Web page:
The Metal Injection Molding (MIM) Process

The Metal Injection Molding process is characterized by high pressure injection of powdered metals and binders rather than the conventional gravity fed processes.
The main applications for this technique are to produce small and often more complex parts often ranging in weight from 0.5 to 150g.

Metal Injection Molding (MIM) is a powder metallurgy process. The difference between MIM and conventional powder metallurgy is that in MIM, metal powder along with binders is injected under high pressure into the die or mold cavity instead of flowing by gravity.

The metal powder used for this is finer than conventional powder with particle sizes typically of 20 µm in diameter being used. Generally, the powder mix contains a much higher percentage of binders and flow agents. Wherein, binders generally include various waxes and thermoplastics. The compounded material is injected with conventional plastic injection molding machines (slightly modified) into metal dies normally having one to eight cavities.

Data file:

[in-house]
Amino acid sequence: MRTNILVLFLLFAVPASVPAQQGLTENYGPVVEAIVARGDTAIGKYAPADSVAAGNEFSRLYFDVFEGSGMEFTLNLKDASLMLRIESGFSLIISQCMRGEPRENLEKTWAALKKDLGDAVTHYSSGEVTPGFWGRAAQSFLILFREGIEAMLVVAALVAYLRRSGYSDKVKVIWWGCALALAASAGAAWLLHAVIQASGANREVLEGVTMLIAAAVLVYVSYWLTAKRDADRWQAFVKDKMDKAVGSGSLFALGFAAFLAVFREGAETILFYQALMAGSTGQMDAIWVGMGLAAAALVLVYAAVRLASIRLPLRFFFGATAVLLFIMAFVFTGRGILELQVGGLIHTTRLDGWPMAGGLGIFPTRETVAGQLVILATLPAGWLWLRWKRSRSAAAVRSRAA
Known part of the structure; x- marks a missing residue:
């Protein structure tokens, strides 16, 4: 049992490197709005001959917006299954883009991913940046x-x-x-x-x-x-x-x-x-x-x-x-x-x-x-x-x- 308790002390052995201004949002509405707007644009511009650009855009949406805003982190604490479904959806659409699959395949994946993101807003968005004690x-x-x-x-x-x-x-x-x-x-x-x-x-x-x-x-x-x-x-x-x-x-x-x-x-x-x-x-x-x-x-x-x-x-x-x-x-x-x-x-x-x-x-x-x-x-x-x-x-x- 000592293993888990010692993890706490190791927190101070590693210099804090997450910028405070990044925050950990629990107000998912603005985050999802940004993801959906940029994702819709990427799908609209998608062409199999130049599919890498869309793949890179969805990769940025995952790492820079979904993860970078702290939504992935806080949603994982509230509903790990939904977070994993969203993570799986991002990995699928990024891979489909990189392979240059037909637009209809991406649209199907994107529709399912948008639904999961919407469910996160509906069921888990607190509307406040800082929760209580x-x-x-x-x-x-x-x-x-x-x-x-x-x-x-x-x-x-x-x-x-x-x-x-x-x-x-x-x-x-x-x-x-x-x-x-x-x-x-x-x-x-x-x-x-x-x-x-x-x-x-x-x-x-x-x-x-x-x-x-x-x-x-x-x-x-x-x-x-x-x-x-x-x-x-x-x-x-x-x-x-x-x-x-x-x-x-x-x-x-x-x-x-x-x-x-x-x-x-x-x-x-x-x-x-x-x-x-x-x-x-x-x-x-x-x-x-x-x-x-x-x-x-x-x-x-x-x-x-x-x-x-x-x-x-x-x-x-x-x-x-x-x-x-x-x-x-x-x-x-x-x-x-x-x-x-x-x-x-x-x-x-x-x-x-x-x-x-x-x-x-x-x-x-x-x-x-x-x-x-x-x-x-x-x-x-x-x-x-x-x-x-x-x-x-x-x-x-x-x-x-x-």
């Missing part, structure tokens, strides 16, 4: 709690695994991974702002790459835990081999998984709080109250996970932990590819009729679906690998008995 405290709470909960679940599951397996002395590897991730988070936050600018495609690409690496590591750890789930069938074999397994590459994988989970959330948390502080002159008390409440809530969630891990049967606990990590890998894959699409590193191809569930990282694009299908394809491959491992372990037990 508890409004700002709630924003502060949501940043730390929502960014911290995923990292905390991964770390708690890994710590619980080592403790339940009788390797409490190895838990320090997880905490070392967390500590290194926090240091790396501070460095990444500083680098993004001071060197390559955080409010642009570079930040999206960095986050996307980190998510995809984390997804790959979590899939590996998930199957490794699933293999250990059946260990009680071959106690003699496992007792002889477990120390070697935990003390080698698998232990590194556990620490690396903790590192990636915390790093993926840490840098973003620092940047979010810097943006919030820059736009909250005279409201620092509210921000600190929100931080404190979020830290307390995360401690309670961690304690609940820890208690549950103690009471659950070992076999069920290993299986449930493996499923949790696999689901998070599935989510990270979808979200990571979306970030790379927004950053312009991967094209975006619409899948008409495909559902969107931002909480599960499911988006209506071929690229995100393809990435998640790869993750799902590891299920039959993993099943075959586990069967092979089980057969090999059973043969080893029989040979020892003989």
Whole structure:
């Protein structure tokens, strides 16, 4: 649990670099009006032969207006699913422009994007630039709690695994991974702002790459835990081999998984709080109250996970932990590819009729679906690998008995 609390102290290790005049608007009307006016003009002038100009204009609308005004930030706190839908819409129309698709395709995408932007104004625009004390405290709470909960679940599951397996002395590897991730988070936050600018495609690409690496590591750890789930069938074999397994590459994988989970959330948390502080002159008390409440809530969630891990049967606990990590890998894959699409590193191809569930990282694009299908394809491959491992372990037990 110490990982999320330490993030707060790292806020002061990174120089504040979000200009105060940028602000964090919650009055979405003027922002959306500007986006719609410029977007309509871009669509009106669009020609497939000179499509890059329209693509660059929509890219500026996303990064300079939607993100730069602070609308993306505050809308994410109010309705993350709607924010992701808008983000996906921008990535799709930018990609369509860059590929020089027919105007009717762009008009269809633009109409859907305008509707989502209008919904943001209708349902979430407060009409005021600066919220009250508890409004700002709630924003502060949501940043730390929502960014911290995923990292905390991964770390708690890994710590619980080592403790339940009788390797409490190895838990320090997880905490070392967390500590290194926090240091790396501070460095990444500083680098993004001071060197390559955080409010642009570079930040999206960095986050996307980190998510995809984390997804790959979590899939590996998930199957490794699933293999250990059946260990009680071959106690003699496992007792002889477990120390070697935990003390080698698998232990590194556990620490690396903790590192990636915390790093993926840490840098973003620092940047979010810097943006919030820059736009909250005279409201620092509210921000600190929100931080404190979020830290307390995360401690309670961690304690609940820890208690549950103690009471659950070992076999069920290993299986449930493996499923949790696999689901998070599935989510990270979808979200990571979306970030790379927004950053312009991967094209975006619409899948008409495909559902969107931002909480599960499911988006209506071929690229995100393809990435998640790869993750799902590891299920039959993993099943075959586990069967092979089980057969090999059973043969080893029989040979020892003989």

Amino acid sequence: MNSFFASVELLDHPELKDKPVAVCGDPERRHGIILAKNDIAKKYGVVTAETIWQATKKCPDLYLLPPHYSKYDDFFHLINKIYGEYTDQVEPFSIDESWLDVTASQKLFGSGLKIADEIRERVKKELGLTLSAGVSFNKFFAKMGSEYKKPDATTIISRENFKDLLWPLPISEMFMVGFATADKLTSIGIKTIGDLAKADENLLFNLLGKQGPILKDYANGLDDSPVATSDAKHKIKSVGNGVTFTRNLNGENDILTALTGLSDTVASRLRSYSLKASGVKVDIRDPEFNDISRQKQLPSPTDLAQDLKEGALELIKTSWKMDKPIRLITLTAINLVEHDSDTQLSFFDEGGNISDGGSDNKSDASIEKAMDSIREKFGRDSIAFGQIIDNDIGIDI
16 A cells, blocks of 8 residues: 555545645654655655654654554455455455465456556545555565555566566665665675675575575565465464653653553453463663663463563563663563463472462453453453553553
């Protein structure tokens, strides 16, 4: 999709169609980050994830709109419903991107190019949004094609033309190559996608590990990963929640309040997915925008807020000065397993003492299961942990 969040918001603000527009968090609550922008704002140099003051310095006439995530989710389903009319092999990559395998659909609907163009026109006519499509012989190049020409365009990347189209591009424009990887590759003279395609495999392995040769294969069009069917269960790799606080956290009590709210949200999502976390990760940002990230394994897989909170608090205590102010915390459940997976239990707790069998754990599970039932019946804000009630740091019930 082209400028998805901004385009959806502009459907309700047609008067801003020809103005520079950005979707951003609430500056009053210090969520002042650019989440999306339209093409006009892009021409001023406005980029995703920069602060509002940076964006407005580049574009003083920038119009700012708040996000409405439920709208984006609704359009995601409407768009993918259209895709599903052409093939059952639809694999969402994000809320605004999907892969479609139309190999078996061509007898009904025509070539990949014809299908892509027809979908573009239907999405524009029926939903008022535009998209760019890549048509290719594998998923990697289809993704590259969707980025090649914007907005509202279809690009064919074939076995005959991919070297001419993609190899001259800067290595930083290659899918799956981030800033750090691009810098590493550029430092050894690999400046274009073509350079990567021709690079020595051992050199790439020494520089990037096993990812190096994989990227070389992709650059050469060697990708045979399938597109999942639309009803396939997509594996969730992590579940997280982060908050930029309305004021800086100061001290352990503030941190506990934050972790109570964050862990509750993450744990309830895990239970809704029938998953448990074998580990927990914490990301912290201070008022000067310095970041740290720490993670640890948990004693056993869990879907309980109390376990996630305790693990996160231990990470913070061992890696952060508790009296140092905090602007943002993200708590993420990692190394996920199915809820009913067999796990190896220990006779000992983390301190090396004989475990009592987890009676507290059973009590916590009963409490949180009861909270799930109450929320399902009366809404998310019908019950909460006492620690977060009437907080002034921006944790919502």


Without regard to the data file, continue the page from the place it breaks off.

The molded component is called the green part. The binders are first driven off either by heating, by solvent extraction, or by a combination of both methods and approximately 80% of the binders are removed. Debinding time is directly related to wall thickness. After debinding, the part is called the brown part which is porous and fragile but size remains the same as at the time of molding. The brown parts are then sintered as done in conventional powder metallurgy.

This is carried out in a vacuum or inert-atmosphere furnace at a temperature of approximately 1300°C depending on the material used for processing. However, sintering temperatures are generally well below the melting point of the material. The entire cycle including debinding normally takes about 24 to 36 hours.

Typical characteristics and applications of metal injection-molded parts

As mentioned above, typical metal injection-molded parts are small and complex in nature. The process is more advantageous for more complex parts. In this process, high precision is possible to achieve. This method eliminates the constraint imposed by conventional powder metallurgy methods i.e. the side wall should be parallel. Very small size parts i.e. smaller than a golf ball in volume, weigh in the range of 0.5 to 150 g, and a wall thickness of less than 6.3 mm can be achieved using this method. It is possible to produce multi-functional parts with thin walls, sharp corners, undercuts, cross holes, screw threads, contours, gear segments, and similar features without secondary operations.

The densities of parts produced through this process are normally greater than those of conventional powder metallurgy parts, ranging between 95 and 99 % of theoretical maximum density.

Figure 1: The MIM process

Figure 1: Molding machine in a MIM Shop

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